|Nina Pens Rode plays Gertrud|
d. Carl Th. Dreyer
Criterion Collection #127
Gertrud spoke to me more profoundly then any other film in the Criterion Collection to this point. That is probably because Getrud is the story of a woman who leaves her husband in a quest for love. She fails. I relate to that because I recently experienced the end of my own 12 year relationship/marriage, and almost every line in Gertrud rang pure and true to my own experience. I'm sure I'll be reflecting on this film for months, if not years to come.
Gertrud is married to a cold, lawyer/politician husband in what I believe to be 1950s Denmark. In the first 15 minutes, she announces that she's leaving, and when he asks why she tells him straight up it's because he is too cold. She falls for a young musicians, but he mistreats her and eventually discloses that he has another woman, and that the other woman is pregnant, and their affair ends even before she is divorced for her husband. An old flame of her makes a play, but she tells him, in no uncertain terms, that she doesn't love him either because he understands nothing of love.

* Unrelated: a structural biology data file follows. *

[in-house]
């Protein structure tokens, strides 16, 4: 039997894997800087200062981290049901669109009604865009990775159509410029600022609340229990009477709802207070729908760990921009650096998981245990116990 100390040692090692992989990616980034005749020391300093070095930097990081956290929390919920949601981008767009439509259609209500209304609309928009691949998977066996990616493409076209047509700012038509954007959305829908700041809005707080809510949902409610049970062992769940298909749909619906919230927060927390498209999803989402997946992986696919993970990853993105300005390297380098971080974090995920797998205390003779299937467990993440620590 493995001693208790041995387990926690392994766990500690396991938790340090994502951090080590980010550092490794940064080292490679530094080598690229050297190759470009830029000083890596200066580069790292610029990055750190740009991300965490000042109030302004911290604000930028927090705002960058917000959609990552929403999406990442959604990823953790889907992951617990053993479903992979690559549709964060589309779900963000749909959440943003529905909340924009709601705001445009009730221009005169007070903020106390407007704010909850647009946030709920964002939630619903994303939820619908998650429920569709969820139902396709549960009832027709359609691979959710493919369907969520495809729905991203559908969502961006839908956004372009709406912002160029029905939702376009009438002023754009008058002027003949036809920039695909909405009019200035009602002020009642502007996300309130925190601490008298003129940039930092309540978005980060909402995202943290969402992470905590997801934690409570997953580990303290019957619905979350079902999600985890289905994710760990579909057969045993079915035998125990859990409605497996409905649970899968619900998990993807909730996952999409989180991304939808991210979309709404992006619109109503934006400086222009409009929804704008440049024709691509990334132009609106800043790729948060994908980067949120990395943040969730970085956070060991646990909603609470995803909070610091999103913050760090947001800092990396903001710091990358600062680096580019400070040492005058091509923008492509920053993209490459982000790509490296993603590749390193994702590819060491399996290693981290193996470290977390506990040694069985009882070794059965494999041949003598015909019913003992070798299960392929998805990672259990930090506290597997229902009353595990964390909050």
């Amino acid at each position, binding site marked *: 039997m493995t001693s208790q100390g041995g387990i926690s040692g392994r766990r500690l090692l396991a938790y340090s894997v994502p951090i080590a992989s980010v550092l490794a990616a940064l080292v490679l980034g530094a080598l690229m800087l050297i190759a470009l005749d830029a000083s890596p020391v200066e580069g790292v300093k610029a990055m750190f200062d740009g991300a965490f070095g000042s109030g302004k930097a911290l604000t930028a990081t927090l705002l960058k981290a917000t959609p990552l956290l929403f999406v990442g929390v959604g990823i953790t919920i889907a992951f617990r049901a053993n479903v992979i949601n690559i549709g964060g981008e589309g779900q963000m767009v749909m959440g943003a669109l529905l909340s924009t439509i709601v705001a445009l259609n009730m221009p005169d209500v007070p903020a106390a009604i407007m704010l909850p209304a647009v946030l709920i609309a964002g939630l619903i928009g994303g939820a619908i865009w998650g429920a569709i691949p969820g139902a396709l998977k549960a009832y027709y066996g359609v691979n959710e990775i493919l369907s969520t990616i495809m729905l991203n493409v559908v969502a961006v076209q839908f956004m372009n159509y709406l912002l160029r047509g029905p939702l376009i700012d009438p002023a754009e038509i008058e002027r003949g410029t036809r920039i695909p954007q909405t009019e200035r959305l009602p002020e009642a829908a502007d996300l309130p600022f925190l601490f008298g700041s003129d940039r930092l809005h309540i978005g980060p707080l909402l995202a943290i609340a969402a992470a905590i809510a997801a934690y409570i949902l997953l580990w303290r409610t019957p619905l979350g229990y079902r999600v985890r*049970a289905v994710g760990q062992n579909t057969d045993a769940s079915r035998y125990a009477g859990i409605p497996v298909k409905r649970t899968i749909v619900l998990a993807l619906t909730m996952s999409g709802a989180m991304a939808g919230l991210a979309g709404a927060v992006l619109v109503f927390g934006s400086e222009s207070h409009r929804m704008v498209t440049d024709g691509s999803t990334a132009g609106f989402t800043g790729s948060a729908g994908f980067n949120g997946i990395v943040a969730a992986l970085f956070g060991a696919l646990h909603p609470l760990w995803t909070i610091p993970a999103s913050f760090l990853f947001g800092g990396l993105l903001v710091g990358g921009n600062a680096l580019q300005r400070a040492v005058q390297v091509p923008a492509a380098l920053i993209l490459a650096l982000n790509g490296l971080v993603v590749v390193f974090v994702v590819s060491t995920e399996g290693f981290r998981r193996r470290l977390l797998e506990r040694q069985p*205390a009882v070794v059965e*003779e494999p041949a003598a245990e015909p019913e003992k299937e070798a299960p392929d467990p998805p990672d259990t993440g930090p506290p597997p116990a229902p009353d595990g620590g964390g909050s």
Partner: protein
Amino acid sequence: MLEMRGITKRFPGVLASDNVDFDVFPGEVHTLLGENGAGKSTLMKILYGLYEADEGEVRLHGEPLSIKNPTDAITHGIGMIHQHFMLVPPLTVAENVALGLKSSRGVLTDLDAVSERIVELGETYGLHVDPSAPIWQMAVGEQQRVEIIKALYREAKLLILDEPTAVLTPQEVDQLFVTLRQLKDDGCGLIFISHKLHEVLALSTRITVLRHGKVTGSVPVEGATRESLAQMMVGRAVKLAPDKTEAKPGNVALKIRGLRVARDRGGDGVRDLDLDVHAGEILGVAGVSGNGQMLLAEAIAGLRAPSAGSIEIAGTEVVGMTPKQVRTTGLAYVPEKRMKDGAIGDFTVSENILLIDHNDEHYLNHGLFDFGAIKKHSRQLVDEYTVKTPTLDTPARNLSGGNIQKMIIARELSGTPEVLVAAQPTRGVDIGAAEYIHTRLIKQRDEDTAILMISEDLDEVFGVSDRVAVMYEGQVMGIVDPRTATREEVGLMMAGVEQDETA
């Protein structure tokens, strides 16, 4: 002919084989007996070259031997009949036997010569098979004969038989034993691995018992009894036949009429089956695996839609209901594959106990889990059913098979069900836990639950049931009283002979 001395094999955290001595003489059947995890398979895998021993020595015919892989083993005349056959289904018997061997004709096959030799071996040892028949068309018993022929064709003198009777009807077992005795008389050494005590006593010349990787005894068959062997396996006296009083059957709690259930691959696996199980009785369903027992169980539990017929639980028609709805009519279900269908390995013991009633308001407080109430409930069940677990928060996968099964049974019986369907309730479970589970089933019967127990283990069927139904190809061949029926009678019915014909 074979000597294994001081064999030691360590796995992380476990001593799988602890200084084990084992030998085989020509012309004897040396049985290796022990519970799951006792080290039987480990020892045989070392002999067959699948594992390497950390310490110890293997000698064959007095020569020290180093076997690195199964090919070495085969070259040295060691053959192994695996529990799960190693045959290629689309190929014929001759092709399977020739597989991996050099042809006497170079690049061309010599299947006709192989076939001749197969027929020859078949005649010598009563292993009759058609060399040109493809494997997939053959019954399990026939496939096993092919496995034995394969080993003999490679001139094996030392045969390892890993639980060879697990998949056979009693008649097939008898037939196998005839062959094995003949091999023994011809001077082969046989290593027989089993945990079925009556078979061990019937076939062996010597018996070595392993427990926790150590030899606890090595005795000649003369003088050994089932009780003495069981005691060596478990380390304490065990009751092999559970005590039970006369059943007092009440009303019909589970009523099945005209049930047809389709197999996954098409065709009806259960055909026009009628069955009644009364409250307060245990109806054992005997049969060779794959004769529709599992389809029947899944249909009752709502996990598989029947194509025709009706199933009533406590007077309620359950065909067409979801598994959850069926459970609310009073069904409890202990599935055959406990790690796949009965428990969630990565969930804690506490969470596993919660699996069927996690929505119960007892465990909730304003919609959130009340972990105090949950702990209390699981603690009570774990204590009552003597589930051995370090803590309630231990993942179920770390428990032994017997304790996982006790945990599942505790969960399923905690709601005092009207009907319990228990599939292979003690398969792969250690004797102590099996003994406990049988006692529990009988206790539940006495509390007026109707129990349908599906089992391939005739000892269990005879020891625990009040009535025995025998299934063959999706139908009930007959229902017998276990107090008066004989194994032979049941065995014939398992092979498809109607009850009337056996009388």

At the end of the film she is alone, 40 years later, and still refuses to compromise on her believe that "love is all" even though her time actually being in love seems limited to about two and a half years out of the 80 or so years that she exists. Gertrud raises alot of issues about love, and specifically about the loss of love, and I found it to be utterly profound and moving. I would have wept if I was the weeping type.
Honestly I don't know if you can really understand love until you've had it and lost it. If you haven't lost love, how can you know it was there in the first place? There are so many types of human relationships- sexual and otherwise that can exist without love it seems like it is entirely possible to live an entire lifetime without experiencing it- unless you have it and then lose it, so you can know that it was there.